A Sneak Peek at Clandestine

Clandestine, a documentary about numbers stations completed last year, is screening at various festivals but has not yet been publicly released. The producers say they’re holding it close in order to cross-promote it with another project still in the works, but they were nice enough to send me a digital copy to peruse.
The short film has two interweaving threads: a relatively straightforward plot about numbers stations’ ties to the practice of espionage, and a biopic narrative about a man’s father and his unhealthy obsession with listening to these broadcasts.
The latter provides the producers with a unique perspective from which to explore the world of numbers station activity, and also demonstrates a sincere curiosity about clandestine radio that is well-reflected in its contemporary espionage-vignettes.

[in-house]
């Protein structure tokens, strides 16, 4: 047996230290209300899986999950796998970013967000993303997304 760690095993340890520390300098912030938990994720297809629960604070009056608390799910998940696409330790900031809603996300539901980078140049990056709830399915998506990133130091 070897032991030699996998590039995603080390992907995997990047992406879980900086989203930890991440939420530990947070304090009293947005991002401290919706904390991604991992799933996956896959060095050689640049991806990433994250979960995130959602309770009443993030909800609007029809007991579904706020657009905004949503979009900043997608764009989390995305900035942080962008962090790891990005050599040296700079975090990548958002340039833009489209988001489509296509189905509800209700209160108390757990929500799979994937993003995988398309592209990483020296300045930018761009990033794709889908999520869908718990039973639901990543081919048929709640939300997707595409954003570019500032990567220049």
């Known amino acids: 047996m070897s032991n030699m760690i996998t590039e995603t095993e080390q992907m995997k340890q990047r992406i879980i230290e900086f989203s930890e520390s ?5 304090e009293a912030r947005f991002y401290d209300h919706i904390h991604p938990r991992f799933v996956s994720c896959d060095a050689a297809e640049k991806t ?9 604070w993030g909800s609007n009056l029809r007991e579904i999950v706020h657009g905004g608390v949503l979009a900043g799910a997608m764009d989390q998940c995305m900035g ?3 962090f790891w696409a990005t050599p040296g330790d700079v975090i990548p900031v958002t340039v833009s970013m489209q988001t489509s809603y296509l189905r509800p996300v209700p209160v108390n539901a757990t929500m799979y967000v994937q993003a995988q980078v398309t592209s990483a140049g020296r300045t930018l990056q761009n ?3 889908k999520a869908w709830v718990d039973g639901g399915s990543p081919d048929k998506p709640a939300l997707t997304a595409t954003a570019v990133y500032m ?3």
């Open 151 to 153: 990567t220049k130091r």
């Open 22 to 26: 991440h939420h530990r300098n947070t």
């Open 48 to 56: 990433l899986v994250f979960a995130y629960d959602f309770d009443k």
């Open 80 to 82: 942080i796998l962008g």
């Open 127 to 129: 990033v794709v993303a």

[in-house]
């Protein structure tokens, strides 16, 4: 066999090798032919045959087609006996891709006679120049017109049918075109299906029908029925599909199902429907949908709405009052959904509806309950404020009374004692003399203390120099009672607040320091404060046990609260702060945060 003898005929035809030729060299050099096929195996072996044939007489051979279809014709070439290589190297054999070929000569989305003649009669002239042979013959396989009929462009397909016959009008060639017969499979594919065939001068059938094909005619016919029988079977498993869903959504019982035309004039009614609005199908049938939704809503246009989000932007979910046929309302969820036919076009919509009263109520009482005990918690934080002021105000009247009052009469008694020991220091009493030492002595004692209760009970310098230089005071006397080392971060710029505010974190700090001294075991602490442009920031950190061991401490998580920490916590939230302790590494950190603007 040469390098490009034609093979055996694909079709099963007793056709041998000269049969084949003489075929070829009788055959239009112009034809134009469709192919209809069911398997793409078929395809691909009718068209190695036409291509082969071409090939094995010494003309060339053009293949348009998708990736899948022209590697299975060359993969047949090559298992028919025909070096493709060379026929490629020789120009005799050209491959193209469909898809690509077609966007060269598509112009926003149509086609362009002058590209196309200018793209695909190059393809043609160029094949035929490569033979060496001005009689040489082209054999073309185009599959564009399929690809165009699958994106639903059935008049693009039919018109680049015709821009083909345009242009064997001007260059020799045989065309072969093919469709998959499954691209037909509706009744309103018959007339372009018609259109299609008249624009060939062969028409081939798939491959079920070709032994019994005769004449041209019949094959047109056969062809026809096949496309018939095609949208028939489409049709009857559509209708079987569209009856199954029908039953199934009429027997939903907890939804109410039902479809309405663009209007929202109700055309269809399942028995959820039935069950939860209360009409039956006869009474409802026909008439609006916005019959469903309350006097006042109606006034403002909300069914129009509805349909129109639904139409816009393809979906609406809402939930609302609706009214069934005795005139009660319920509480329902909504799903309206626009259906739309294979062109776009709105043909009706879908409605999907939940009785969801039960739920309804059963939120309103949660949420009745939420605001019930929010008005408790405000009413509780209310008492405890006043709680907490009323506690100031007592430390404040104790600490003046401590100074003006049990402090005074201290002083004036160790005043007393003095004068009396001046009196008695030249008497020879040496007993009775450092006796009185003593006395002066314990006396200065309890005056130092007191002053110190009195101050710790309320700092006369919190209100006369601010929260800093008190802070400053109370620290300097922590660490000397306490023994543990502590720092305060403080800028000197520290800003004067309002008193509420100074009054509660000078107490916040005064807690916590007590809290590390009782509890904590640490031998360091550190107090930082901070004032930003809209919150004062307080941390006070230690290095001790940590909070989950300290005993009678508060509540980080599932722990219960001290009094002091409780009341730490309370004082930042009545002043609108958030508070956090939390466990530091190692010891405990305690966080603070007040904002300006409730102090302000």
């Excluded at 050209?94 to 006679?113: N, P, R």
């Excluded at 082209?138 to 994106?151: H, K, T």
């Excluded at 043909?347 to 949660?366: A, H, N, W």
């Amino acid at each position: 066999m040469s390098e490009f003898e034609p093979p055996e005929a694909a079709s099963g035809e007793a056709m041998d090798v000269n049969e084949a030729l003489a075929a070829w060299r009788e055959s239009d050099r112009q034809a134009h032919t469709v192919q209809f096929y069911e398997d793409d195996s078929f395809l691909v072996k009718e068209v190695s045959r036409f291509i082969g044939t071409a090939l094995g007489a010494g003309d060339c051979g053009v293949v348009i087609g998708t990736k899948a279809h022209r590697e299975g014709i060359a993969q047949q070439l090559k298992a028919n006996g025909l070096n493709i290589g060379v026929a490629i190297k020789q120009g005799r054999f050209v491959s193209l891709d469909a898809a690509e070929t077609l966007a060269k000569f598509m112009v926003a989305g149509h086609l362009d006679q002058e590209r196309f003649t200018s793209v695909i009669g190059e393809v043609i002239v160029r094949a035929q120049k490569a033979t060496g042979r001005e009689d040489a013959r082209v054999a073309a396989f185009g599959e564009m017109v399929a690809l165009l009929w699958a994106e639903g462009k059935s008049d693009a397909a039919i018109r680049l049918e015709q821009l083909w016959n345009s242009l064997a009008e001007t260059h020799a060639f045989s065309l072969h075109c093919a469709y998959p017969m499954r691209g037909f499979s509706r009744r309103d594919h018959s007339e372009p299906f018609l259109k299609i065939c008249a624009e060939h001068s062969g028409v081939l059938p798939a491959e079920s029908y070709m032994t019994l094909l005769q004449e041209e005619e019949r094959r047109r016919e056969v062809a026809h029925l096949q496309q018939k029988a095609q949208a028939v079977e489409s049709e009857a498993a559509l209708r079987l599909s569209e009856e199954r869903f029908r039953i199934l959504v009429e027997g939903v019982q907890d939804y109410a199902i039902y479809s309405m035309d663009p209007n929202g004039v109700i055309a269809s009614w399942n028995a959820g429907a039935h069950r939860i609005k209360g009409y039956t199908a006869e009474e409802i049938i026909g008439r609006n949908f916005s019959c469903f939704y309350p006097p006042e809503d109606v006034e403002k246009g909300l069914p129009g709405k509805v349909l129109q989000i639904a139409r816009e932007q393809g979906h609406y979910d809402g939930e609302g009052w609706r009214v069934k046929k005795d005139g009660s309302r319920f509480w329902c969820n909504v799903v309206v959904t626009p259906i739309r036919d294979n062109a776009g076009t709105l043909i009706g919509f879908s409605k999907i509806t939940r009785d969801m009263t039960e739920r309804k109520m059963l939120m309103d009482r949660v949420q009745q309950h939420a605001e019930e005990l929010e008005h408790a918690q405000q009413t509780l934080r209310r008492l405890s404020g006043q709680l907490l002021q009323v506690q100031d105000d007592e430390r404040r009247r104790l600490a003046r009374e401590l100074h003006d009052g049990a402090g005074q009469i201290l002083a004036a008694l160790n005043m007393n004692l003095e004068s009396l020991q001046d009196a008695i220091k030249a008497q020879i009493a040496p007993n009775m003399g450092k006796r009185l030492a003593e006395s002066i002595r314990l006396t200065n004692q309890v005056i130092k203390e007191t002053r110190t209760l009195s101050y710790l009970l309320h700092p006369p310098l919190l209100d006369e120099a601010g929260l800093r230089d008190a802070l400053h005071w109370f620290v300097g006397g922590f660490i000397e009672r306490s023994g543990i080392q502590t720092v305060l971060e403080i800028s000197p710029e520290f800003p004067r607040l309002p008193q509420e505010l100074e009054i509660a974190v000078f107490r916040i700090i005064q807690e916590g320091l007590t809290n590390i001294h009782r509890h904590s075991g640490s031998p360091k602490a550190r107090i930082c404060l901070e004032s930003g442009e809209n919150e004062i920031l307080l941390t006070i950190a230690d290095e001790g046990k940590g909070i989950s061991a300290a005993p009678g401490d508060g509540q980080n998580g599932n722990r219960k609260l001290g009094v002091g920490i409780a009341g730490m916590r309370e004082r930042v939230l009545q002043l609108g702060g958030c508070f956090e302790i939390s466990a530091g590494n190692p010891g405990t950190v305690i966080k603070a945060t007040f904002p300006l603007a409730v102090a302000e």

These firmly demonstrate that radio is still an active and useful tool in the practice of international spycraft. Government excuses for the mercurial nature of the broadcasts are downright humorous: numbers stations broadcast lottery results? Though the transmissions may be directed toward a single individual, the fact that anyone with a shortwave receiver can hear them kind of defeats the purpose of such silly secrecy.
In the main, Clandestine is both both a short history of numbers stations’ activity over the last 30-odd years, and a personal homage to those who are drawn to listen to them. It’s a good vehicle by which to introduce the scene to the world at large and will leave the hardcore wishing for more. Hopefully a general release is forthcoming soon.